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From Site Selection magazine, September 2018

The Center of Attention

Junction City attracts global businesses seeking access to labor and growing markets.

All photos courtesy Camso

Junction City lived up to its name on June 19 when Camso, a Canadian company that makes products for off-road vehicles, ended its national site search by selecting a building in the central Kansas community for a $36.4-million new plant investment.

Headquartered in Magog, Quebec, Camso employs more than 7,500 workers in 26 countries around the world, and now it's going to add a 23rd plant location to its global footprint: the 25,000-resident community of Junction City.

"We started with a national search to find a site," says Jason Collins, plant director for Camso in Emporia, Kansas. "Our search pretty quickly narrowed in on the Midwestern states."

After considering multiple sites in Kansas, Nebraska, Iowa and Missouri, Camso decided that the optimum mix of factors made Junction City in the center of Kansas the best location for the new plant. An available 139,000-square-foot building in Junction City was tapped to become home for the operation that will employ 41 full-time workers by January of 2020.

"In terms of geography, this is close to our customers, OEMs and after-market suppliers," says Collins. "It is right on Interstate 70. We also wanted to position ourselves close to a major university, and Junction City is within 20 minutes of Kansas State University in Manhattan with a major engineering school. Plus, we have the advantage of being located close to Fort Riley, giving us the opportunity to tap into retiring Army soldiers as an employee base. There are 2,500 to 3,000 transitioning soldiers a year. That was a big factor."

“We were met with a very big welcoming from the economic development team in Junction City. They were looking to bring more manufacturing jobs to the area, and they stepped up to support us.”
 — Jason Collins, Plant Director, Camso

On top of that, says Collins, "we were met with a very big welcoming from the economic development team in Junction City. They were looking to bring more manufacturing jobs to the area, and they stepped up to support us."

Other employers in the community tell a similar story. Leon Osbourne, president of Kaw Valley Engineering in Junction City, says the central U.S. location enables firms like his to serve clients nationwide. "We are 15 minutes to the regional airport and only two hours to Kansas City International Airport," he says. "We have a great work force, and we are adjacent to Fort Riley, making this a perfect location for any industry to draw upon our outstanding work ethic. Plus, we have great utilities and a lot of property that is easily accessible. Rail, gas, electric, water and sewer are all here in abundance with great reliability and quality."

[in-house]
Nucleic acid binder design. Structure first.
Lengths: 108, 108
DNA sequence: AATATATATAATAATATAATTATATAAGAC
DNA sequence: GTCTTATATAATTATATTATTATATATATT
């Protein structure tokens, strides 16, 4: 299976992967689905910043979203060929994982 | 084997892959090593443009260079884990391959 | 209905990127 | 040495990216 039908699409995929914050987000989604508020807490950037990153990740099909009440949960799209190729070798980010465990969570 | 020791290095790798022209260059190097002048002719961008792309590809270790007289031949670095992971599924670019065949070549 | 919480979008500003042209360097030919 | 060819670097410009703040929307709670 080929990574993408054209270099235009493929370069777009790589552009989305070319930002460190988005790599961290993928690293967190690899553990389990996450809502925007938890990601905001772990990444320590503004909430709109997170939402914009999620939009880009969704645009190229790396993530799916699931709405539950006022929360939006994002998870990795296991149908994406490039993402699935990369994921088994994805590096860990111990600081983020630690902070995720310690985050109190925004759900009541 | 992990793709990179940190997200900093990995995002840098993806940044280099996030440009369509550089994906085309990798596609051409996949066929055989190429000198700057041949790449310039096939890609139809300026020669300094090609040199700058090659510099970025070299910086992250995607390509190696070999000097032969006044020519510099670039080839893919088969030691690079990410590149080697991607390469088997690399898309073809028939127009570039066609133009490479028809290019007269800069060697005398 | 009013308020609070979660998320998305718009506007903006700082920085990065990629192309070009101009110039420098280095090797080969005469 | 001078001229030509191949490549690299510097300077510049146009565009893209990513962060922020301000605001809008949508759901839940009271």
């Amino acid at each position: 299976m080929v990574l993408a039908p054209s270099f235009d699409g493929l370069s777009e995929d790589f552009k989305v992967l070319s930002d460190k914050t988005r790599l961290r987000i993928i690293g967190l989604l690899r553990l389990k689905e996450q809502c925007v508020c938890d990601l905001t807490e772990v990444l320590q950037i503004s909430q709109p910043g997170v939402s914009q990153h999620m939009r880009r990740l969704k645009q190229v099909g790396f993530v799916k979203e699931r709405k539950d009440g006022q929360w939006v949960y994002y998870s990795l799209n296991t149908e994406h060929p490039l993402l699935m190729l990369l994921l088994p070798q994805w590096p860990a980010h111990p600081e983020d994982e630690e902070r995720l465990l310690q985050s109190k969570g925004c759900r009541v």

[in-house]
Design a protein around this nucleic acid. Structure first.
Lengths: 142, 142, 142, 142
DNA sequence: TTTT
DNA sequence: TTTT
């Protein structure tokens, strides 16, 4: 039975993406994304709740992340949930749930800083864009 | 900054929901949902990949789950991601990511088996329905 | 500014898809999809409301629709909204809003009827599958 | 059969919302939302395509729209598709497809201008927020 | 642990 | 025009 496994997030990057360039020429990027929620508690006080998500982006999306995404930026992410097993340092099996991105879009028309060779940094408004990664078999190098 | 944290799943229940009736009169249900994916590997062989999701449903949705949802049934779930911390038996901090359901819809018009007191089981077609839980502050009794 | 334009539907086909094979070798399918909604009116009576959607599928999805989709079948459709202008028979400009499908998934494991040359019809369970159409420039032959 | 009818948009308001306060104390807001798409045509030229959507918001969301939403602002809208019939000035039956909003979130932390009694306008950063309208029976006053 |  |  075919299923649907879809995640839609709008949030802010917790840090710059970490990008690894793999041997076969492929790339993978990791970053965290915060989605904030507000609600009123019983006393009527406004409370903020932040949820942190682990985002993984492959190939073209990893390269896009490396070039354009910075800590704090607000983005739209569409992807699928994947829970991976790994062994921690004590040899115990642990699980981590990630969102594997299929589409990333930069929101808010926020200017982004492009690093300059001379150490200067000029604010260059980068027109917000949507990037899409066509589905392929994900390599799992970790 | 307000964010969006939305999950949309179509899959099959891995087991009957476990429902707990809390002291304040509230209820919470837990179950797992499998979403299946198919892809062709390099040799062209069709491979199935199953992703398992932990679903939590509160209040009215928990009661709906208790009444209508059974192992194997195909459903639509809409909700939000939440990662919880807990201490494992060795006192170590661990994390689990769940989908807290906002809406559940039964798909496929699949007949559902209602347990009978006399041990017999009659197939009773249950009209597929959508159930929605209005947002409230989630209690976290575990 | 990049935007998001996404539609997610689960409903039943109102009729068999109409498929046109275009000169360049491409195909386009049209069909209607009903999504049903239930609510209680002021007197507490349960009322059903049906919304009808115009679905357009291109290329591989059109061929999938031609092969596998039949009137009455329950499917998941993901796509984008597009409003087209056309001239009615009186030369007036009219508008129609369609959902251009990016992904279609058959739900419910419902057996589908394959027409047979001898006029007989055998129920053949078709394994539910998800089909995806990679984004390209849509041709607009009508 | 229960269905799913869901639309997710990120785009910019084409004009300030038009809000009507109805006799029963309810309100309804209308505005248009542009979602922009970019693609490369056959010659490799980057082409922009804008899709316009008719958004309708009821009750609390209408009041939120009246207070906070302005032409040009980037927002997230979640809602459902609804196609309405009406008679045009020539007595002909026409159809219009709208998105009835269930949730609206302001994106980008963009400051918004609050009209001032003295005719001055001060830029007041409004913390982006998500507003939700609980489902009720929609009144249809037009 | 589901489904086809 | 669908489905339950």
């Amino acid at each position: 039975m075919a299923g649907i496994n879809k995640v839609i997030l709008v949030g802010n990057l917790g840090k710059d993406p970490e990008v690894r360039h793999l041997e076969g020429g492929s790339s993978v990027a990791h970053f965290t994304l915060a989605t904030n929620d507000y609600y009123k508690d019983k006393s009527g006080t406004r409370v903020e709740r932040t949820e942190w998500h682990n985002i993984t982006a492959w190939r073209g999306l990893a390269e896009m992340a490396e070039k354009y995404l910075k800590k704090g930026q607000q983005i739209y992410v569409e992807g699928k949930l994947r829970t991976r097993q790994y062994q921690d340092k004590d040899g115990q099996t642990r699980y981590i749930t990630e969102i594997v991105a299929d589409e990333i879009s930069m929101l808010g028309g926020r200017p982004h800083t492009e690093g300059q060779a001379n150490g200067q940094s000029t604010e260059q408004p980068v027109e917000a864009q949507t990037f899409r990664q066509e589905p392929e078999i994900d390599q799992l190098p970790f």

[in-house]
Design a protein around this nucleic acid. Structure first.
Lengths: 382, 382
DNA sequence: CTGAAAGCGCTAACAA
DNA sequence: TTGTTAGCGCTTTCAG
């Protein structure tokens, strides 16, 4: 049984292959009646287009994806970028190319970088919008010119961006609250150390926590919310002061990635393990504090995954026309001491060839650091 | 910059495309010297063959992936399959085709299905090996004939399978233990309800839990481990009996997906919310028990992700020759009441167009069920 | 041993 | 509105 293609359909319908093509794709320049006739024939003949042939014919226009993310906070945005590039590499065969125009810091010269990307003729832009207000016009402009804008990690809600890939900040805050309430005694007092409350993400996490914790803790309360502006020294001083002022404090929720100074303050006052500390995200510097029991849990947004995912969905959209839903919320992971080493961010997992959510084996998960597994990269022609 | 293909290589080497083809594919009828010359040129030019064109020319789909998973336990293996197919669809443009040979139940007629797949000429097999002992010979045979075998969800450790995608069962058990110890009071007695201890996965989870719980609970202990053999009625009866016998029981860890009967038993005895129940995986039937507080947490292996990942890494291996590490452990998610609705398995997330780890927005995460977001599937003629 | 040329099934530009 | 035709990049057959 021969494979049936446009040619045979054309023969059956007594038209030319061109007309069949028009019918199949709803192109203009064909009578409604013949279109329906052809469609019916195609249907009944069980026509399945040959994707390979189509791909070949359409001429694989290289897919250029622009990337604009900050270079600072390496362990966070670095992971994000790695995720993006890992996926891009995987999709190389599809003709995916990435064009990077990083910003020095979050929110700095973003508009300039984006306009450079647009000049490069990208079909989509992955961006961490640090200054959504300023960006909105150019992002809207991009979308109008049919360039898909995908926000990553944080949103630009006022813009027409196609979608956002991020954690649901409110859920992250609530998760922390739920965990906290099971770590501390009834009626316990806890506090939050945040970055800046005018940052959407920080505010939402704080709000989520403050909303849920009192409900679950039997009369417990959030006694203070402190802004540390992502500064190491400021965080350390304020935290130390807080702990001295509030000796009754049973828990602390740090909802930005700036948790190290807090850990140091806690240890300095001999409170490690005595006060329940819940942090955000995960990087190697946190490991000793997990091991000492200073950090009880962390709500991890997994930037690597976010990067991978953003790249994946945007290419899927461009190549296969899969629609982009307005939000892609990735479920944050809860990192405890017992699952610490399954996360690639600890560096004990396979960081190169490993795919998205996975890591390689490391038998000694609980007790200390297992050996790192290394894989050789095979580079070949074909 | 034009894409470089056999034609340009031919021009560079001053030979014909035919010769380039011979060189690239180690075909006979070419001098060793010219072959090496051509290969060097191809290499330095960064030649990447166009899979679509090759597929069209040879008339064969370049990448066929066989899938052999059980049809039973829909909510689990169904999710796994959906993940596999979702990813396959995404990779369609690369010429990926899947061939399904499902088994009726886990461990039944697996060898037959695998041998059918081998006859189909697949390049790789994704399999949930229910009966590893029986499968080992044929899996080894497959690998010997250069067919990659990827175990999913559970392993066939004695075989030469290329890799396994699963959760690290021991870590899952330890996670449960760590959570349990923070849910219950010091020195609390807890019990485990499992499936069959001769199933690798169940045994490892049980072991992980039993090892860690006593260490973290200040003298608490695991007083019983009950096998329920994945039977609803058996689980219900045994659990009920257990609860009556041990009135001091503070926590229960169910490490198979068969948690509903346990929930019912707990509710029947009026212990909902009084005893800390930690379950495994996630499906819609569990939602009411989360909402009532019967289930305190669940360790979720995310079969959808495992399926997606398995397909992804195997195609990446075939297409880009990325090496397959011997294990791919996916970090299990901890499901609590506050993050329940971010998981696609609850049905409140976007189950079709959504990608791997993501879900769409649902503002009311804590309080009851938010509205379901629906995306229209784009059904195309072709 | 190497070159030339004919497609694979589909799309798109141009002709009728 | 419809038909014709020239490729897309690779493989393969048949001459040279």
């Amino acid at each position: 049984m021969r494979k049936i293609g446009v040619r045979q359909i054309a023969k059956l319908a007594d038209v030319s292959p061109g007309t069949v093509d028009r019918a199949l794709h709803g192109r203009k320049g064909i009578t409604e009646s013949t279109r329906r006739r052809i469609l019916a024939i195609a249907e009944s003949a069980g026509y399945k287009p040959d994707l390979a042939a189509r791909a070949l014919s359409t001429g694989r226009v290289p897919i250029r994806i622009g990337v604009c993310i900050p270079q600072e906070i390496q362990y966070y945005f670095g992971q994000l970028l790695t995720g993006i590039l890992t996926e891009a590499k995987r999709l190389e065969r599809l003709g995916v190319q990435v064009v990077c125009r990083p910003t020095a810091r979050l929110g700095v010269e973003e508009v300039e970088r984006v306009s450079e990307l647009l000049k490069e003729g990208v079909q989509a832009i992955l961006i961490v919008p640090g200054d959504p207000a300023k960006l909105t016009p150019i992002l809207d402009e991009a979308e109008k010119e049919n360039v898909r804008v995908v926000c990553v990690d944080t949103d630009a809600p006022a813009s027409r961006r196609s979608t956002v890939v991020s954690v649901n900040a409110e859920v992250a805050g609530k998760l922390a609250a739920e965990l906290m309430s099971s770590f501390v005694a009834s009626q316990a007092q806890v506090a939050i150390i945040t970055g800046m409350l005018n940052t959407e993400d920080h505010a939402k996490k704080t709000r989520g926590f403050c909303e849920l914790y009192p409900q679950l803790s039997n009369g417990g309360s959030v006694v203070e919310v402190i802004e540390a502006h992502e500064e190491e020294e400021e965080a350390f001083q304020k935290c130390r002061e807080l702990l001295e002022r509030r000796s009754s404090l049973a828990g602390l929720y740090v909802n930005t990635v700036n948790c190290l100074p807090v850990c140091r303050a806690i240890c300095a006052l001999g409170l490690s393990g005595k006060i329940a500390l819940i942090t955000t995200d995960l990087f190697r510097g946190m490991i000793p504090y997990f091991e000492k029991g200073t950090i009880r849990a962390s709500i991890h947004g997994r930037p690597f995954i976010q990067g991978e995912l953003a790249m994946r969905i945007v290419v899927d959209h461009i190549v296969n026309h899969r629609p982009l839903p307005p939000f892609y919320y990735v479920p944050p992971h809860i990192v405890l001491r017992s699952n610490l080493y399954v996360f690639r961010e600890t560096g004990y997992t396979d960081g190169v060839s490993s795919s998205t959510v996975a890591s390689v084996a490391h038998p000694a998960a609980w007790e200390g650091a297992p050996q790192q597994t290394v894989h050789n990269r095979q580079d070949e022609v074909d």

Osbourne puts his money where his mouth is. In addition to expanding his own company, he stepped up to volunteer to serve as chairman of Junction City First, the economic development initiative of the Junction City Area Chamber of Commerce. "Our goal is to help existing businesses and promote new growth and new business," he says.

The city does its part as well. When Camso came calling, the city commission authorized the issuance of taxable industrial revenue bonds of up to $40 million for the project. The issuance of the industrial revenue bonds will give the company a property tax exemption by locking in the 2017 property tax rate for the next 10 years and make Camso eligible for a sales tax exemption on equipment purchased.

"Camso is a global company with a proven track record," says Allen Dinkel, city manager. "Our goal is to keep expanding our base of industry and employment. We want to diversify our mix of businesses, and we are on that path. By creating different sectors, we will bring in more business to this community."

Upgrading infrastructure will help, Dinkel adds. "We're spending $25 million on water and wastewater treatment improvements, adding reliability to our system," he notes. "We're also undertaking a major streetscape improvement program, spending more than $1.5 million a year for the past five years. It is starting to show."

Some of the best testimonials for Junction City, he says, come from transitioning military. "Our retired soldiers say they wish they'd come here sooner. Most who come here genuinely love this community. My wife and I adopted an 18-year-old recruit who came here from Bakersfield, California. We became her ambassadors. She tells us that she loves living here."

Junction City is not done improving itself either, adds Dinkel. "We're building a brand new high school in three years, and we plan to recruit even more retiring military to live here and pursue a second career," he says. "We want everyone to know that Junction City is a progressive community and that we have a plan for our future."

This Investment Profile was prepared under the auspices of the Junction City Area Chamber of Commerce. For more information, contact Mickey Fornaro-Dean at 785-762-1976 or On the web, go to

Ron Starner
Executive Vice President of Conway, Inc.

Ron Starner

Ron Starner is Executive Vice President of Conway Data, Inc. He has been with Conway Data for 22 years and serves as a writer and editor for both Site Selection and the company's Custom Content publishing division. His Twitter handle is @RonStarner.


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